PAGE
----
Excerpt from Going Gypsy: One Couple’s Adventure from Empty Nest to No Nest at All. Reprinted with permission from Skyhorse Publishing.
When a twenty-two-year-old beanpole bass player with four years on the road under his belt, and all of the happy hedonism that goes along with that, meets an innocent eighteen-year-old Valley Girl who sneaked into a bar, the ensuing romance is likely to have a shelf life of exactly one night. But somehow that didn’t happen.
Even with the eagle-eyed clarity of hindsight, we can’t pinpoint the exact reason. It could be that we were all Shakespearean star-crossed. Could be we were both ready for a big change in our lives and just happened to collide. Could be we were just too dumb to know the odds; we certainly didn’t set out to defy them.
We are inclined to believe a fourth choice—all of the above. The one-night stand was going on in the next room with the roommate and the keyboard player while we fell into friendship instead of fake, temporary love.
But the road beckoned, and the band had to be back in Nashville, so that was that. Just two ships passing in the night. No one would ever know what might have been.
But that wasn’t that. Through the magic of pen, paper, envelopes, and stamps, they kept in touch. The Beanpole wrote to his new blue-eyed beach baby friend because something told him that couldn’t be that. A voice was whispering in her ear too, so The Valley Girl wrote back.
Before long, an old-fashioned, long-distance romance developed, almost entirely through the US mail. She says she fell in love through those letters. The Beanpole was already there when he started writing.
A few months later, fate—and a good bit of specific action seeking a band working on the West Coast—brought The Beanpole back to California for a face-to-face reunion. With this open-ended employment in the Golden State, young love had time to take its course.
Our story took a less fairy tale–like turn from there. The gig fell apart. What followed was a two thousand mile trek back to Music City in a $200 land barge named The Sharkmobile that had no reverse and no air conditioning, then a brief cohabitation and a “We ought to get married,” “Okay,” engagement. The next thing we knew, we were in the middle of a folding chair–bedecked wedding in a tiny, windowless, tile-floored church basement. Not exactly the groundwork for happily-ever-after.
* * * * *
The odds of any marriage reaching ever-after are about fifty-fifty at best. Add to that a teenage bride and a road musician groom, then multiply that by being dead broke, and Veronica and I certainly seemed doomed. Good thing no one told us.
Before long we were calling our parents from a pay phone (our home phone had been shut off due to lack of funds) to tell them that they were about to become grandparents. I have often wondered what they must have been thinking.
Back when that beanpole bass player met The Valley Girl’s father, right before they ran off together, I remember being intrigued by the lack of any shotguns involved. But then, her dad did have an old hippie vibe about him. Old? He was a lot younger than we are now.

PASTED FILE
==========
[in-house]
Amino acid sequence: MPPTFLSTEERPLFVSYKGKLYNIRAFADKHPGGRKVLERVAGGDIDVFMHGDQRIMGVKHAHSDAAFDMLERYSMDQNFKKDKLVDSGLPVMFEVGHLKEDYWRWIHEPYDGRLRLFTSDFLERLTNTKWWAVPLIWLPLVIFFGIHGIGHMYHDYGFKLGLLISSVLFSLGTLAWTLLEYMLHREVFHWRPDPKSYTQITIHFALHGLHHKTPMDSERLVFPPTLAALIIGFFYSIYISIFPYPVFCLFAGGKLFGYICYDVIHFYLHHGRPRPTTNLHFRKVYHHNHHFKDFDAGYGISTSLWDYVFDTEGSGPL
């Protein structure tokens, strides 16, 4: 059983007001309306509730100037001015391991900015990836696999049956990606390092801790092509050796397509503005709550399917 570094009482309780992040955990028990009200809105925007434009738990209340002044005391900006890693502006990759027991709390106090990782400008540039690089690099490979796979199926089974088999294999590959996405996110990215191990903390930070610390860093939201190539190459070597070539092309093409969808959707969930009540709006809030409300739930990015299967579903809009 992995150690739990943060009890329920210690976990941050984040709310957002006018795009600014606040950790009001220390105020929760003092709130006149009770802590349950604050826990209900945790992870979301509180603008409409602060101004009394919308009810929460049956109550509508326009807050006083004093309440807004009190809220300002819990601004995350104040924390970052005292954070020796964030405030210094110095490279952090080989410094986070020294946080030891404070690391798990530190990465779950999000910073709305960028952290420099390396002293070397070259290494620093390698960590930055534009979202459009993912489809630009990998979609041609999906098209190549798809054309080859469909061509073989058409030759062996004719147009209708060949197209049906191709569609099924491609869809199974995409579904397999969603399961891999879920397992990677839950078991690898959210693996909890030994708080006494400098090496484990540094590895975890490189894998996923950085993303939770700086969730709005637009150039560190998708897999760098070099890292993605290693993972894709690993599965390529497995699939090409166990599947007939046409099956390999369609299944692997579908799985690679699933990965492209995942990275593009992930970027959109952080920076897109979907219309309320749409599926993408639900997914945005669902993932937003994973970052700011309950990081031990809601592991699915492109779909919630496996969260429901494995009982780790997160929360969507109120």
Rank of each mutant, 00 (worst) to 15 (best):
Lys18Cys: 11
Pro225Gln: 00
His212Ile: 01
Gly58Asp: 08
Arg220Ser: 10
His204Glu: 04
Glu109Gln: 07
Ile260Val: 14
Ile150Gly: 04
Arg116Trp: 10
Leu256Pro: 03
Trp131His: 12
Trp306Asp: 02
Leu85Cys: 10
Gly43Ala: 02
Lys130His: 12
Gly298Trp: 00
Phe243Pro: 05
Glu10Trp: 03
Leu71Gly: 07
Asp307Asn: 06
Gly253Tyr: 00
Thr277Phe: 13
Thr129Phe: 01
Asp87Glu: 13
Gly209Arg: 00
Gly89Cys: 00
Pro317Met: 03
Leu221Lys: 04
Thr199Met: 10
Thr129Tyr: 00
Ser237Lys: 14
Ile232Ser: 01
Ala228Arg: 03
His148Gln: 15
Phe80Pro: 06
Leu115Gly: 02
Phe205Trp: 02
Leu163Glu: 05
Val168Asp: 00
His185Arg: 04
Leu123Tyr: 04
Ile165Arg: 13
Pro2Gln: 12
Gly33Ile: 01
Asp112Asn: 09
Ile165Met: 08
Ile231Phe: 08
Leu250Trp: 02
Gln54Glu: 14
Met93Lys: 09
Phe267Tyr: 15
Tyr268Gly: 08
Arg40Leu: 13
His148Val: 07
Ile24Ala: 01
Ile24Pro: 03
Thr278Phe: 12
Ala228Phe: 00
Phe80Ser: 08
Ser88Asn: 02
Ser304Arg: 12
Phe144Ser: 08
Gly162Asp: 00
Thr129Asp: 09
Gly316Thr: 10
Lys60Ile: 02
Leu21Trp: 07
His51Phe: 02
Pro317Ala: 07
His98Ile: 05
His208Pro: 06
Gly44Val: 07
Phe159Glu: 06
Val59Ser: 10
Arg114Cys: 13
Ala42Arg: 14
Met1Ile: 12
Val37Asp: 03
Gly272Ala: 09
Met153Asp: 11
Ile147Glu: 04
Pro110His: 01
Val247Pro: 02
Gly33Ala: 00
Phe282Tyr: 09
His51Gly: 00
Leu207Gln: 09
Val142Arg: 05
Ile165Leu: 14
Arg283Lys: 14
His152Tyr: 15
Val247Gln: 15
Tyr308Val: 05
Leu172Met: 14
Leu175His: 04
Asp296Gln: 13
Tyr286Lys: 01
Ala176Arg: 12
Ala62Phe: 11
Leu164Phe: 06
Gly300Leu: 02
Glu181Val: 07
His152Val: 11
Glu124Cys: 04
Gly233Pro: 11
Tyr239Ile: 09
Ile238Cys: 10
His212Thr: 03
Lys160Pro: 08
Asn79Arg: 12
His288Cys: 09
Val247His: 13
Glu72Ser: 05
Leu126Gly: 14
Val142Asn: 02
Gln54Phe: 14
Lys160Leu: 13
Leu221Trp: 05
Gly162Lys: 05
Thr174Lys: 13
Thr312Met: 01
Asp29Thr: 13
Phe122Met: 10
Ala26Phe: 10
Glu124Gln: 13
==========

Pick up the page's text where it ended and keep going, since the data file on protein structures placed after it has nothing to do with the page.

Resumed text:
Even meeting my future mother-in-law went well. My new love wasn’t living at home, so I guess I wasn’t officially robbing the cradle, but still I expected to get grilled. Didn’t happen; Mom took right to me. Her stepfather didn’t say much at all.
By the time we were expecting their first grandchild, I had won over Stepdad, and we were joking that Mom liked me better than her own daughter.
As for us, few things can motivate reasonable human beings like the prospect of parenthood. We went with stunning velocity from laying around the love nest to up off our asses. Suddenly we were responsible for a life other than our own. We began to form tangible long-term goals.
In time, two more little ones arrived, and we learned that busting butt is what parents do. Find a way. A mother of three could start a company in her home because she learned how to make websites before most people had even heard of the Internet. A dad could successfully navigate a path in an occupation that regularly leaves the crushed carcasses of marriages and families in its wake.
Life’s twists and turns took us from Nashville to the Virgin Islands, always in search of the best situation for our family. In general, we met our goals but realized that they revolved around getting the kids raised and started on their own lives.
That is the short story of how, after twenty-some-odd years, we found ourselves living on a tropical island in the Caribbean about to become childless again, and wondering what to do.
We didn’t have a clue, but somewhere in the recesses of our brains we must have known that the time had come to do something just for us.
I know that sounds selfish, but any parent knows that once the kids arrive, there’s not a lot of room left for the “us” in a couple.
And our time arrived way ahead of schedule. Let’s just say that Veronica and I prove that even the best forms of birth control are only 99 percent effective, but in hindsight we wouldn’t have had it any other way.
We had the stamina to survive three little ones back then, and now they’re full-grown and we’re still young enough to enjoy our new life together.
That was our answer. That was what to do. Rediscover that pre-kid couple who, thirty years ago, didn’t have enough time together. Because now, we had all the time in the world…
David & Veronica, GypsyNester.com
YOUR TURN: One a scale from 1 – 10, just how crazy are we?